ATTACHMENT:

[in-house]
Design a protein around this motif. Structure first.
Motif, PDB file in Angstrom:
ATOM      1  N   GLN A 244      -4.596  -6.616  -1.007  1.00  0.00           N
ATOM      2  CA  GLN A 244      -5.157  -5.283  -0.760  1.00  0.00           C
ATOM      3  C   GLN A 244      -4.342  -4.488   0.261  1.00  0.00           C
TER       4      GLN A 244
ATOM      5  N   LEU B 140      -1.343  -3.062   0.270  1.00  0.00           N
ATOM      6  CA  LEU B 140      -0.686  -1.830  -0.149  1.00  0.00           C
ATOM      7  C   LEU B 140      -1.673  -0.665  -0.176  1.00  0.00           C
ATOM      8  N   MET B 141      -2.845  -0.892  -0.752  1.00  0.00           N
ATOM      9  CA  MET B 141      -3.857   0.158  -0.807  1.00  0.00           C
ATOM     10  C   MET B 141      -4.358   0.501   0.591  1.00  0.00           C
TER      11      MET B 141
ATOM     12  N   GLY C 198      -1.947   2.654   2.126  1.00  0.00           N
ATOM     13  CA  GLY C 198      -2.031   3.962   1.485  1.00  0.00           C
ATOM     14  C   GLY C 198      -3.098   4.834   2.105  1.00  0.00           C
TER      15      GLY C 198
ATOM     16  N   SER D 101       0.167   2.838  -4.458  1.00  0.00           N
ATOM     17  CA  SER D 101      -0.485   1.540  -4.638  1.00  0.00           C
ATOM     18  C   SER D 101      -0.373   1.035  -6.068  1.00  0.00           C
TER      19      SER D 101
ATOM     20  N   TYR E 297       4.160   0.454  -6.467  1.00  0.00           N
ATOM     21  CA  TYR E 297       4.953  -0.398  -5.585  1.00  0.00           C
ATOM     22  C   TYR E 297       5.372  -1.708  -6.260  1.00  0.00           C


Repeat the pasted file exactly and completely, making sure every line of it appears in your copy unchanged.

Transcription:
[in-house]
Design a protein around this motif. Structure first.
Motif, PDB file in Angstrom:
ATOM      1  N   GLN A 244      -4.596  -6.616  -1.007  1.00  0.00           N
ATOM      2  CA  GLN A 244      -5.157  -5.283  -0.760  1.00  0.00           C
ATOM      3  C   GLN A 244      -4.342  -4.488   0.261  1.00  0.00           C
TER       4      GLN A 244
ATOM      5  N   LEU B 140      -1.343  -3.062   0.270  1.00  0.00           N
ATOM      6  CA  LEU B 140      -0.686  -1.830  -0.149  1.00  0.00           C
ATOM      7  C   LEU B 140      -1.673  -0.665  -0.176  1.00  0.00           C
ATOM      8  N   MET B 141      -2.845  -0.892  -0.752  1.00  0.00           N
ATOM      9  CA  MET B 141      -3.857   0.158  -0.807  1.00  0.00           C
ATOM     10  C   MET B 141      -4.358   0.501   0.591  1.00  0.00           C
TER      11      MET B 141
ATOM     12  N   GLY C 198      -1.947   2.654   2.126  1.00  0.00           N
ATOM     13  CA  GLY C 198      -2.031   3.962   1.485  1.00  0.00           C
ATOM     14  C   GLY C 198      -3.098   4.834   2.105  1.00  0.00           C
TER      15      GLY C 198
ATOM     16  N   SER D 101       0.167   2.838  -4.458  1.00  0.00           N
ATOM     17  CA  SER D 101      -0.485   1.540  -4.638  1.00  0.00           C
ATOM     18  C   SER D 101      -0.373   1.035  -6.068  1.00  0.00           C
TER      19      SER D 101
ATOM     20  N   TYR E 297       4.160   0.454  -6.467  1.00  0.00           N
ATOM     21  CA  TYR E 297       4.953  -0.398  -5.585  1.00  0.00           C
ATOM     22  C   TYR E 297       5.372  -1.708  -6.260  1.00  0.00           C